The chief hierarch was tested by many trials during his first years of guiding the Russian metropolitanate. In its suffering beneath the Tatar (Mongol) Yoke the Russian land was in turmoil, and Saint Peter was obliged often to change the place of his residence. During this period particularly important were the labours and concerns of the saint to affirm the true faith and morality in the realm. During this time of constant journeying throughout the diocese he incessantly instructed the people and clergy about strict preservation of Christian piety. The quarrelsome princes he summoned to love of peace and unity.
      In the year 1312 the saint made a journey to the Horde, where he received from khan Uzbek an edict, guarding the rights of Russian clergy.
      In 1325 Metropolitan Peter, at the request of Greatprince Ivan Kalita (1328-1340), transferred the metropolitan cathedra-chair from Vladimir to Moscow. This event had very great significance for all the Russian land. Saint Peter prophetically predicted deliverance from the Tatar Yoke and the future emergence of Moscow as the centre of all Russia.
      By his blessing, in August 1326 in the Moscow Kremlin was put down the foundation of the cathedral in honour of the Uspenie (Dormition) of the MostHoly Mother of God. This was a profoundly symbolic blessing by the chief-hierarch of the Russian land. On 21 December 1326 Saint Peter expired to God. The holy body of the saint was buried in the Uspensk cathedral in a stone crypt, which he himself had prepared. Many miracles were done through the prayers of the saint. Many healings even were done secretly, which testifies to the deep humility of the saint even after death. The deep veneration of the Chief-hierarch of the Russian Church was affirmed and spread throughout all the Russian land. In 1339, 13 years later under Sainted Theognost (Comm. 14 March), Saint Peter was enumerated to the ranks of the saints. And at the tomb of the saint, princes kissed the cross as a symbol of fidelity to the Greatprince of Moscow. As a particularly venerated protector of Moscow, Saint Peter was called on in witness in the drawing up of government treaties. The Novgorod people, formerly having the right to choose their own bishop of Saint Sophia, after their annexation to Moscow under Ivan III, gave promise with an oath to establish their archbishops only at the grave of Sainted Peter the Wonderworker. And it was at the grave of the saint that Russian chief-hierarchs were named and chosen.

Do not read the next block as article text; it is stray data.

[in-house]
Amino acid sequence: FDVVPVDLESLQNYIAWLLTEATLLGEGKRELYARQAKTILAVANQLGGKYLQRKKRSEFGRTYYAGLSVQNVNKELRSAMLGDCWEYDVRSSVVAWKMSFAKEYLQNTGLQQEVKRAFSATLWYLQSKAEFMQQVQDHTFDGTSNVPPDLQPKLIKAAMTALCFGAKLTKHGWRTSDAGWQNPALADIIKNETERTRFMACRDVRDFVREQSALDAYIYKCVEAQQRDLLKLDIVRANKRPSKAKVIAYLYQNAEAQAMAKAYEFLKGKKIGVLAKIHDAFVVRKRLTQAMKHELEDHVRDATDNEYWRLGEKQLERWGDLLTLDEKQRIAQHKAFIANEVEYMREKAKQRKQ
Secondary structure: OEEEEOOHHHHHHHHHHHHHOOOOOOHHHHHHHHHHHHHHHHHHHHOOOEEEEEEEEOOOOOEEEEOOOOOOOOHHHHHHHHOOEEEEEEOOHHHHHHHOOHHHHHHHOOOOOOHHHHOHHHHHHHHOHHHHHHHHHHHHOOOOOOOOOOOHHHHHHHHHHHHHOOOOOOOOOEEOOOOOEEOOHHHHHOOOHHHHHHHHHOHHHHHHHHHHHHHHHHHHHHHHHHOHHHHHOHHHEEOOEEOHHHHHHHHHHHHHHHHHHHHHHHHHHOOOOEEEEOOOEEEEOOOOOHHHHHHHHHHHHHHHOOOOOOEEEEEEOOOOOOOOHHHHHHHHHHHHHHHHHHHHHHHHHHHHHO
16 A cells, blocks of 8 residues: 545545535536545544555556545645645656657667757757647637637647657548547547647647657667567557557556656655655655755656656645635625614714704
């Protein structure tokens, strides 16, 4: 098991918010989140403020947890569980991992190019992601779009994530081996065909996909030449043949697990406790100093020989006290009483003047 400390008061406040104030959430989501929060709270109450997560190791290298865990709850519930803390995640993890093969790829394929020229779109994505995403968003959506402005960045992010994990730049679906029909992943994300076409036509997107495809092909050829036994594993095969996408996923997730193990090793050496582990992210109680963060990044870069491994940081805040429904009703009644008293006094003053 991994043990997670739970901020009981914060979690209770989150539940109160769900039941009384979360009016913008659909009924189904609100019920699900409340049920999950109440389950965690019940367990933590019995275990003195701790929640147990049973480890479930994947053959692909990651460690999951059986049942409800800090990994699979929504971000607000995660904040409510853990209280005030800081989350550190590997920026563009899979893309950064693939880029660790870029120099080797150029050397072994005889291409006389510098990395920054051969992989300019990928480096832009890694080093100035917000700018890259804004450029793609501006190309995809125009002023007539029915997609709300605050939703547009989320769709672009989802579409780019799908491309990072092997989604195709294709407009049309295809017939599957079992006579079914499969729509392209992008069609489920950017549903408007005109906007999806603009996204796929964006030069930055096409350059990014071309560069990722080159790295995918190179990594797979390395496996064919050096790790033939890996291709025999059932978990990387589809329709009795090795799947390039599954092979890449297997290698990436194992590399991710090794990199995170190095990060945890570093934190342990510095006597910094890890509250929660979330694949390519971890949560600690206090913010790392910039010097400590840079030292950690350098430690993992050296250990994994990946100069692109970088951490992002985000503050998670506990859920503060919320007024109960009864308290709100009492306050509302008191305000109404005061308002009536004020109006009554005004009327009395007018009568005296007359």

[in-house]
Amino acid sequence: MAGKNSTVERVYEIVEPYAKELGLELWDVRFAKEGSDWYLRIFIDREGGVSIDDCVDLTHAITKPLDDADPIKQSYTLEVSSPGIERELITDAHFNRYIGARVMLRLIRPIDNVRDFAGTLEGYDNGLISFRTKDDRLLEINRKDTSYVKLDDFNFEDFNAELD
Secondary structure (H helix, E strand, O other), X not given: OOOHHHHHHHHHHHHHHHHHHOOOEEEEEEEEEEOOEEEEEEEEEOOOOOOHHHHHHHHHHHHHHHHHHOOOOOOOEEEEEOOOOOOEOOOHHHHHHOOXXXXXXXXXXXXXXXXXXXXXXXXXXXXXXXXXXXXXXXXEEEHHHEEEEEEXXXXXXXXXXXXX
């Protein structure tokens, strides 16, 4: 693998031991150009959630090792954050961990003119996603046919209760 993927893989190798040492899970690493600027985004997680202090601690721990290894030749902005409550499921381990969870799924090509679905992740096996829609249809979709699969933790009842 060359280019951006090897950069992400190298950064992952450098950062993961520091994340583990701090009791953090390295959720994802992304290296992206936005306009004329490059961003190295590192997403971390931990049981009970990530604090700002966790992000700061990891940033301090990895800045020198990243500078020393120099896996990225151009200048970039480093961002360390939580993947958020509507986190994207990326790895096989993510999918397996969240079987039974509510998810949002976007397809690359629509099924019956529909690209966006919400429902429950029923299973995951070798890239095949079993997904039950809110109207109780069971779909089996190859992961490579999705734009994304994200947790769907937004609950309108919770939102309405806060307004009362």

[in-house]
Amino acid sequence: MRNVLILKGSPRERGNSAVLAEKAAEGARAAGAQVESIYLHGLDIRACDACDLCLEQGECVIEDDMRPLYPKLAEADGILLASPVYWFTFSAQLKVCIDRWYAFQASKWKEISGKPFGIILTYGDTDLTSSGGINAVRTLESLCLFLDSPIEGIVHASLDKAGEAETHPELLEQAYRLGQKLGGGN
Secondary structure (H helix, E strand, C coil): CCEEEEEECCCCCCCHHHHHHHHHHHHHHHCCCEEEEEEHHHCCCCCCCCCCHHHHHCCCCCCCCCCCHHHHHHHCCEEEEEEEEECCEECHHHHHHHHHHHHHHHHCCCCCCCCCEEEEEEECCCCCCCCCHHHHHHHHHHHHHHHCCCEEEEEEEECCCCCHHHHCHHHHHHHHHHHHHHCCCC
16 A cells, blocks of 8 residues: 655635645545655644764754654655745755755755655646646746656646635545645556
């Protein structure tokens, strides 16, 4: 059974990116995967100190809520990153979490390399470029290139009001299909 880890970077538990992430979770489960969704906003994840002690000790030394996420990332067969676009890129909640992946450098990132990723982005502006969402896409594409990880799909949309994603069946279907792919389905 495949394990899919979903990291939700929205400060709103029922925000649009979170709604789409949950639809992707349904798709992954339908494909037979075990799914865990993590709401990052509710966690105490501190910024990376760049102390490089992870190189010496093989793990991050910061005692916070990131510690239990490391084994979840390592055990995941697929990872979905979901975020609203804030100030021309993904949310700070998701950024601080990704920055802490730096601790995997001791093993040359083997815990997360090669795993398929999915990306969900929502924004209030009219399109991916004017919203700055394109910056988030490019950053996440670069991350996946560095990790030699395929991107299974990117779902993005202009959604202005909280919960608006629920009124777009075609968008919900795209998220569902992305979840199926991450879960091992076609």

The Russian chronicles make mention about him constantly, and no significant state undertaking was initiated without prayer at the grave of Saint Peter. In 1472 and 1479 was made a transfer of the relics of Saint Peter. In memory of these events feastdays were established for 5 October and 24 August.

1996-2001 by translator Fr. S. Janos.

Close window

Peter, Metropolitan of Moscow

Close window